RETURN TO HOME PAGE
Something to Chew on: A Dog Park Plan for Upper Douglass
By David Ryan Alexander
Nearly a year after the city introduced a new leash law and rules for creating off-leash dog areas, the future for dogs in Douglass Park--Noe Valley's biggest patch of green, along four blocks of Douglass Street--is still up in the air.
Last May, the San Francisco Recreation and Park Commission established a tougher leash law, stating that in all parks smaller than 10 acres, which includes Douglass Park, off-leash dogs must be kept in a separate area. A separate dog run already existed at the park (where 27th Street dead-ends), but both dog owners and Rec and Park staff agreed that the area was unsafe for dogs, due to the steep cliff that bordered the run. In fact, a wooden sign hanging near the path read, "Danger Cliff, Stay Back."
Since that time, Rec and Park has been taking proposals from the community about what to do about dogs in the heavily wooded park.
"Communities have choices," said Rec and Park spokesperson Becky Ballinger. "What we encourage and hope is that the dog-walking community will organize to designate a place--to ask people who are out using the park where they would like the off-leash area to be."
Resident James Collins, who owns a dog and lives near Douglass Park, came up with one such proposal and in January posted it on Craig's List (www.craigslist.com)for his neighbors to read. Collins stated in his proposal that drainage problems make the athletic field in the park unusable for most of the year. He also said local residents and professional dog walkers have been allowing their dogs to play in the park off-leash, with or without city sanction. He therefore proposed that the entire upper tier of the park--known as Upper Douglass Park--be made an off-leash area for dogs. The lower half of the park, called Douglass Playground, would remain off-limits to dogs.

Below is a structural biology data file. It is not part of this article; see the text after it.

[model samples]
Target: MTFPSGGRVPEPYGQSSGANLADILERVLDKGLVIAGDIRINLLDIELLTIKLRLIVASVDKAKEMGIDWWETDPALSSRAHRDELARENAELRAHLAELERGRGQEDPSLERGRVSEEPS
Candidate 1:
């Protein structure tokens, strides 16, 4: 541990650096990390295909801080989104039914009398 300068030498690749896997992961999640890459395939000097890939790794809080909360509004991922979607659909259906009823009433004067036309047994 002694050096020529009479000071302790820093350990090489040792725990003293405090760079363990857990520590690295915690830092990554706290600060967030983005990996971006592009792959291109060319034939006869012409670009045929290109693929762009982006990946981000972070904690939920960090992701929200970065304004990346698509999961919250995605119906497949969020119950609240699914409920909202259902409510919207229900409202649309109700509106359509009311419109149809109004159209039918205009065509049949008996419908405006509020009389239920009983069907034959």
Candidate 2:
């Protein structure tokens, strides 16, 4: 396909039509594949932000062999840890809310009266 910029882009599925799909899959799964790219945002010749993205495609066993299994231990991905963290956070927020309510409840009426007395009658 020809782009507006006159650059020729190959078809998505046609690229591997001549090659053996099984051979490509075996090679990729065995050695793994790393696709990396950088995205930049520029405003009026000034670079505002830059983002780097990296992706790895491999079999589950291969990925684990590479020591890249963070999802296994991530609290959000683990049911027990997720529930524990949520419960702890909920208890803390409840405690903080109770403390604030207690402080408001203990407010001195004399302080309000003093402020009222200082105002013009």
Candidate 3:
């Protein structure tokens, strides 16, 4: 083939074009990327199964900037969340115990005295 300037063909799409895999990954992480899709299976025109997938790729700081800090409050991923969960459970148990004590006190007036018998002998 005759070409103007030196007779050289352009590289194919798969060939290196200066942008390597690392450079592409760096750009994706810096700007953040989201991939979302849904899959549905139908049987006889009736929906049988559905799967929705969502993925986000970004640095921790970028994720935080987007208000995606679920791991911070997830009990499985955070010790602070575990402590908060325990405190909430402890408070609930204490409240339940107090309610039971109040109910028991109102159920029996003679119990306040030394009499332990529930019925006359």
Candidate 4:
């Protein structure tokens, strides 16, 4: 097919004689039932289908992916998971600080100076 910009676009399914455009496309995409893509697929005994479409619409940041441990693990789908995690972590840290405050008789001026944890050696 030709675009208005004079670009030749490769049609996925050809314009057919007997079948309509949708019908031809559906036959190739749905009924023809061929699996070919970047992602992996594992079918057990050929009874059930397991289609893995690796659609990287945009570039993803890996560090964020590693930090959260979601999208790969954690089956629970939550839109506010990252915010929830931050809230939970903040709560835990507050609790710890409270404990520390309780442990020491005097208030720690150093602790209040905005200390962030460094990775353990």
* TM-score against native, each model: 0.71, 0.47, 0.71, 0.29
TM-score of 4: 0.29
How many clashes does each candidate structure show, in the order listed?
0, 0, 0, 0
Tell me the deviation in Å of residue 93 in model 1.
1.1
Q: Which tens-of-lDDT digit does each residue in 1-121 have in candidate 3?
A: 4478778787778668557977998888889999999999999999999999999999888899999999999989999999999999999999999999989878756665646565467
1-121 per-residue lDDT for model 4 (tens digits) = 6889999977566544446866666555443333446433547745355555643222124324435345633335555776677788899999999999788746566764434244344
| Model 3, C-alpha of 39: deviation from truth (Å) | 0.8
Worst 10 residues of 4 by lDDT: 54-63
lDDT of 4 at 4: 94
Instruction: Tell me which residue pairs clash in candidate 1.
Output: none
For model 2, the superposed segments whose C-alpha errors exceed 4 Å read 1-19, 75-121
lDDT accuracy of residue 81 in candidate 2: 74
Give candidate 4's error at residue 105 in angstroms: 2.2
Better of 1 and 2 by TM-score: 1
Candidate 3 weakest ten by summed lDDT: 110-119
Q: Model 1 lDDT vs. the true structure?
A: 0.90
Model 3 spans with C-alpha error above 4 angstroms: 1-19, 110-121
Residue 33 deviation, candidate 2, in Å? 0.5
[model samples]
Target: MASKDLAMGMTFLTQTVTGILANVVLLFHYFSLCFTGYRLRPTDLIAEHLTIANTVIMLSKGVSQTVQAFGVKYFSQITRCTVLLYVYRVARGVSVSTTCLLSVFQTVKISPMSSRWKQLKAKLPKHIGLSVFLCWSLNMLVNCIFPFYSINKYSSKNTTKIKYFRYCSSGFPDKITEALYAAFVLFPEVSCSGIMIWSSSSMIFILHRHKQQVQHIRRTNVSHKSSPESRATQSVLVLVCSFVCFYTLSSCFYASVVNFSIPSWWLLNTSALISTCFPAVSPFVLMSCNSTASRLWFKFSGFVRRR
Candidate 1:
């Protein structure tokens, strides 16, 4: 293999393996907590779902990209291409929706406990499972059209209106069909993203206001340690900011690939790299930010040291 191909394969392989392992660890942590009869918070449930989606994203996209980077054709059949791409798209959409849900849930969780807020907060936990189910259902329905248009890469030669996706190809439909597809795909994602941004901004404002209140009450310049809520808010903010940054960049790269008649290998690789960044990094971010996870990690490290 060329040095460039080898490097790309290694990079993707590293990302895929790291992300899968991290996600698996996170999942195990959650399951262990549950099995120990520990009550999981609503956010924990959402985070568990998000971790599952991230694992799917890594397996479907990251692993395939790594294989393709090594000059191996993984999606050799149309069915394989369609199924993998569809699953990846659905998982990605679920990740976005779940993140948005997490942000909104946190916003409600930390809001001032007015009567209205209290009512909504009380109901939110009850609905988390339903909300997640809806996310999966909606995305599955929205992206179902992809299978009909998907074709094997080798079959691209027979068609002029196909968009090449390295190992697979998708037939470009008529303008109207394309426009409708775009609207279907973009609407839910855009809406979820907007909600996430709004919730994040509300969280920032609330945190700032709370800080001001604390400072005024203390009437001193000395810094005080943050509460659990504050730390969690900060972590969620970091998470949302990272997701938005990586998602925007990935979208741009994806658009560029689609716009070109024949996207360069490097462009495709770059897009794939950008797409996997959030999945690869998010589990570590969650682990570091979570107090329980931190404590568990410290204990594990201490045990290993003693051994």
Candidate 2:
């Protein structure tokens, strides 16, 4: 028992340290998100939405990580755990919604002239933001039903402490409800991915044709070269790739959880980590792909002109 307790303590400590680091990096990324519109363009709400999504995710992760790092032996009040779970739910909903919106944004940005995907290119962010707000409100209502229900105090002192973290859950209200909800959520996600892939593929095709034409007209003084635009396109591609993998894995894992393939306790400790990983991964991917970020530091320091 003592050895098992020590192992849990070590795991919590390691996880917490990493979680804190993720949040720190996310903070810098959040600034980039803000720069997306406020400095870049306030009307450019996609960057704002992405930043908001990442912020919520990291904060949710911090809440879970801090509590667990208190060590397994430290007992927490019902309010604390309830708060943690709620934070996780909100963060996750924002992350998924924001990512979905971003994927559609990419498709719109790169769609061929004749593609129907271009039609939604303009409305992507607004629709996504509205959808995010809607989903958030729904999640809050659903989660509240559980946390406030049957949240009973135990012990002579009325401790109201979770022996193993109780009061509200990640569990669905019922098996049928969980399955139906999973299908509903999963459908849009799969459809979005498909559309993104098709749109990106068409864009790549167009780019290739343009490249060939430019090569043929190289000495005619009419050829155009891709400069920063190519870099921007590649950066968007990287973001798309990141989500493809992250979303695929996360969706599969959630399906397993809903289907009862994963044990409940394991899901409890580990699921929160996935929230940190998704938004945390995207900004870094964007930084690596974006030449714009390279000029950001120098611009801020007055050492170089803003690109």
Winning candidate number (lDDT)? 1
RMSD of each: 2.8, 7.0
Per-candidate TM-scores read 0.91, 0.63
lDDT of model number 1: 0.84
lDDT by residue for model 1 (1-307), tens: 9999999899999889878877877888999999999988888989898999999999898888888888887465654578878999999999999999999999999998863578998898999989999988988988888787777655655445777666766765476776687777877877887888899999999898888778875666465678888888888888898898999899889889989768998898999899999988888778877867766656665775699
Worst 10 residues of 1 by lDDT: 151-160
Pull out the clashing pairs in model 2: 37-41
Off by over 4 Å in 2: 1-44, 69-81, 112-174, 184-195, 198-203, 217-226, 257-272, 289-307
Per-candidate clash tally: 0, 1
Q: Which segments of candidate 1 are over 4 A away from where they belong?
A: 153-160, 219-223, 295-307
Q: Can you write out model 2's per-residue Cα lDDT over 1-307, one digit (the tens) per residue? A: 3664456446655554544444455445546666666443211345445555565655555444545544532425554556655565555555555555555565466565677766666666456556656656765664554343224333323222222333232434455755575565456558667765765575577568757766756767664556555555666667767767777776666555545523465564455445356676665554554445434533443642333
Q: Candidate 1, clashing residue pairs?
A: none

"Lower Douglass Park has more than a million dollars worth of improvements," Collins told the Voice, in discussing his plan. "[Much of it is] dedicated to the benefit of the neighborhood children, and that's great. But dogs are explicitly prohibited from entering that park."
The upper half of the park, on the other hand, has been sorely neglected.
"Upper Douglass Park has an abandoned restroom facility and poorly drained turf. It's used almost exclusively as an off-leash dog play area now," said Collins. "[My proposal] is not a change of use, just an official designation--that's all we're asking for."
Collins said that more than 140 neighbors and users of the park had signed his petition and proposal to Recreation and Park to make it legal for dogs to be off-leash at Upper Douglass.
But at least one local resident has expressed concern about allowing dogs to roam free. The resident, who preferred not to give her name because of past controversy surrounding use of the park, said she thinks a separate designated area would be great, but she worries about whether there will be enough room for kids to play also. "You can't pretend that there isn't at least a potential for danger," in areas open to both children and off-leash dogs, she said.
According to Ballinger, Rec and Park is still accepting proposals from the community and all the proposals will be presented at the next meeting of the city's Dog Advisory Committee. The committee can then choose to go back to the community for further discussion or designate a new policy.
No meeting is currently scheduled, but Ballinger said that at the end of the month, once the commission's budget had been submitted, a meeting date would be set.
To offer your own proposal or to get more information, call the Recreation and Park Commission at 831-2750. To view a copy of the city's dog park policy, visit http://parks.sfgov.org. h